To read the texts click on the texts: Ex17:3-7; Rm 5:1-2, 5-8; Jn 4:5-42
At first glance, it might
seem that because of the mention of water in the first reading and the Gospel,
the theme of today centres around water. However, it goes much deeper. It goes
as deep as the immanent presence of God who is not only with and around us, but
also within us.\
This story of Moses
bringing water from a rock is similar to the one in Num 20:2-13, where Moses
and Aaron are denied entry into the land because of their lack of trust in God,
when after Moses struck the rock twice, water gushed from a rock. The story in
Exodus, which is the first reading of today, relates two place names associated
with this miracle. One is called Meribah (people quarrelling with Moses) and
the other Massah (putting God to the test). The grumbling of the people reflected
their general attitude. Even though they were freed from oppression and led by
God through the wilderness, they still complained. Blessings were not enough.
They wanted their needs and desires fulfilled immediately! This attitude of the
people stood in stark contrast to the immanent and constant presence of the
Lord. The testing of God is summed up in the last sentence of the text: “Is the
Lord among us or not?”
If anyone doubted that
God is indeed with us and in Jesus could cut through any barriers that may have
been set up, Paul reminds the Roman community of one overriding fact: “Christ,
while we were still helpless, died for the ungodly … God proves his love for us
in that, while we were still sinners, Christ died for us.” If Jesus entered our
lives while we were sinners, how can anything we do later take Him out of our
lives? He lives in us constantly.
This also means,
therefore, that no place, event, time or person is unworthy of God’s salvation.
Jesus’ conversation with the Samaritan woman makes this abundantly clear. This
incident is perhaps one of the most unusual of all those reported in the New
Testament. The conversation would surprise his contemporaries. By engaging in a
dialogue with the Samaritan woman, Jesus broke two clear boundaries that had
been set up. The first, which was between Jews and Samaritans, and the second,
between men and women. Yet John tells it to reinforce the theme that in Jesus,
who is the source of living water, God continues to be present and freely
available to all irrespective of caste, creed, race, colour or gender.
In explaining how this
was possible, Jesus compared the water from Jacob’s well with his living water.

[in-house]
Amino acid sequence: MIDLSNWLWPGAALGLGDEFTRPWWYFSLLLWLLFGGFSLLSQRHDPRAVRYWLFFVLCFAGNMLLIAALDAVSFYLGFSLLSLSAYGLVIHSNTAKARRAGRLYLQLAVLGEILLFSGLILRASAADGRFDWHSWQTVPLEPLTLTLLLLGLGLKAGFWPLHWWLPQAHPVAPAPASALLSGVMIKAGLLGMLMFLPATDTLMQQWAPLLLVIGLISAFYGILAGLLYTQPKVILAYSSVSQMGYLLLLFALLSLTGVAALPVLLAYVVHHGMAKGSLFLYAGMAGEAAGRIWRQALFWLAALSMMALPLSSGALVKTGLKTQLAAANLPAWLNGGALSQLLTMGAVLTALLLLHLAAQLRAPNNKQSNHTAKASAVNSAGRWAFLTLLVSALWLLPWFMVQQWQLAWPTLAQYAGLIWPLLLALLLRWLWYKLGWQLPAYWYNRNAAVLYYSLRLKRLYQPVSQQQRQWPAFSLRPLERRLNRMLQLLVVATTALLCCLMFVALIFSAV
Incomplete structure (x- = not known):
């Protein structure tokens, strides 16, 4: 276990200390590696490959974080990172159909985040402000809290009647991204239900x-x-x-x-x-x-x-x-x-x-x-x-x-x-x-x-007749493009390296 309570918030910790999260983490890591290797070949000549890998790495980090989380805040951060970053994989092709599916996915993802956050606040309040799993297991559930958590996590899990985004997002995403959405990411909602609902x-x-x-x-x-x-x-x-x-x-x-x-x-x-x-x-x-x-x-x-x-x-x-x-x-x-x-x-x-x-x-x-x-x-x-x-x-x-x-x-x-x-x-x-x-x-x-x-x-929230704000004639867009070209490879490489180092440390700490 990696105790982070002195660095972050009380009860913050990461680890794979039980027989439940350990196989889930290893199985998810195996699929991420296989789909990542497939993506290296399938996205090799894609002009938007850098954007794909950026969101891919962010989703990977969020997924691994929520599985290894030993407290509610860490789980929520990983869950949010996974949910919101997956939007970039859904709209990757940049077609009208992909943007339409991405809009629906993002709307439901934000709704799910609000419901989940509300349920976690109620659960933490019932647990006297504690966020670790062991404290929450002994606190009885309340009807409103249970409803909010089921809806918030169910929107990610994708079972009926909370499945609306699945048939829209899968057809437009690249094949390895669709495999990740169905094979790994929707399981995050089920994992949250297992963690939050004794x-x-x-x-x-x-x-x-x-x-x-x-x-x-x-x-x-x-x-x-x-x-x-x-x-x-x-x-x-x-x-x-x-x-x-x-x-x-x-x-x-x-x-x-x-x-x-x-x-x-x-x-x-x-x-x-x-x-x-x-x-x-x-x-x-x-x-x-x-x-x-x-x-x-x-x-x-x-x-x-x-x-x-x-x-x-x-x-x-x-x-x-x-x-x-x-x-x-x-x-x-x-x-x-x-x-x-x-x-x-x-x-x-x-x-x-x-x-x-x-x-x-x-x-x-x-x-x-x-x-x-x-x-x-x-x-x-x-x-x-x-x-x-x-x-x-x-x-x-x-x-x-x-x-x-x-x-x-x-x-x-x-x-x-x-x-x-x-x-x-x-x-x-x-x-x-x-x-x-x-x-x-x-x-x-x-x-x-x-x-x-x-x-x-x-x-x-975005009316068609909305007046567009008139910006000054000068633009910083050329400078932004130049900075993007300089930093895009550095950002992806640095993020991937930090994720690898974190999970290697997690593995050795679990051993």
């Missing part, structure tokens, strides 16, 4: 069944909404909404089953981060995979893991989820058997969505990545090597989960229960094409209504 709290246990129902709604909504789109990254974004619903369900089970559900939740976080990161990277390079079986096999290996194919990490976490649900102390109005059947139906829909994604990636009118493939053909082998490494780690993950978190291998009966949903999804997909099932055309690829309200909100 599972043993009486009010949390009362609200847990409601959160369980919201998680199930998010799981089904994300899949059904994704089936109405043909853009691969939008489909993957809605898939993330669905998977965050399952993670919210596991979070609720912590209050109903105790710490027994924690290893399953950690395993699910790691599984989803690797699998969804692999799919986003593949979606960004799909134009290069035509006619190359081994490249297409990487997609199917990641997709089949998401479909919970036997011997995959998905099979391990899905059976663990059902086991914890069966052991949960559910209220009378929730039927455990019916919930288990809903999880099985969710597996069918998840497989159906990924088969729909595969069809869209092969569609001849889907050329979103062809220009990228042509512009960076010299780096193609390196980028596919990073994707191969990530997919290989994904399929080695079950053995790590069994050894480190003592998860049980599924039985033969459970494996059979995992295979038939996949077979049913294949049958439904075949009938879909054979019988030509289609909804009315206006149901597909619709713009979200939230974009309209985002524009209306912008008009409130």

The water drawn from Jacob’s well would satisfy only physical thirst. Lack of
this water would thus cause thirst again. However, the living water Jesus
offered truly satisfied, because it gave eternal life. Jesus painted the image
of an artesian spring, water leaping up into life everlasting. The woman
understood only in part. She desired eternal life, but only as a continuation
of her present existence. She did not realize that the reception of God’s gift
required her to look to the giver. Even when she did look, all she saw was a
prophet, one who worshipped at the Jerusalem Temple. She, being a Samaritan,
had her own centre of worship. Jesus corrects this misunderstanding by inviting
her to realize that the time was fast approaching when the location of worship
would be irrelevant. Indeed, in the presence of Jesus, that time had arrived.
He revealed himself to her in the words, “I AM”, and through this revelation,
which here is absolute and with no predicate, showed her God as someone who is
present and acts in this world. Jesus is the one in whom God is seen and known.
Now the woman knew. Gender, nationality, and moral standing did not matter.
Only the Spirit mattered.
The challenge of the
texts of today is therefore to realize that openness like Jesus has shown is
necessary, if the Church is to continue the revelation that Jesus made. All too
often exclusivism on the part of the Church and a closed attitude to those of
different orientations has led to their being pushed away from Jesus rather
than being drawn to him. They also point out that with healthy dialogue,
understanding and insights can be gained. Through the dialogue Jesus had with
her, the Samaritan woman’s expectations were fulfilled and exceeded and the
Samaritans from the city recognized the Saviour of the world. If we as Church
realize this, then we can lead people to the immediate experience of Jesus,
which is and continues to be both a gift and a task.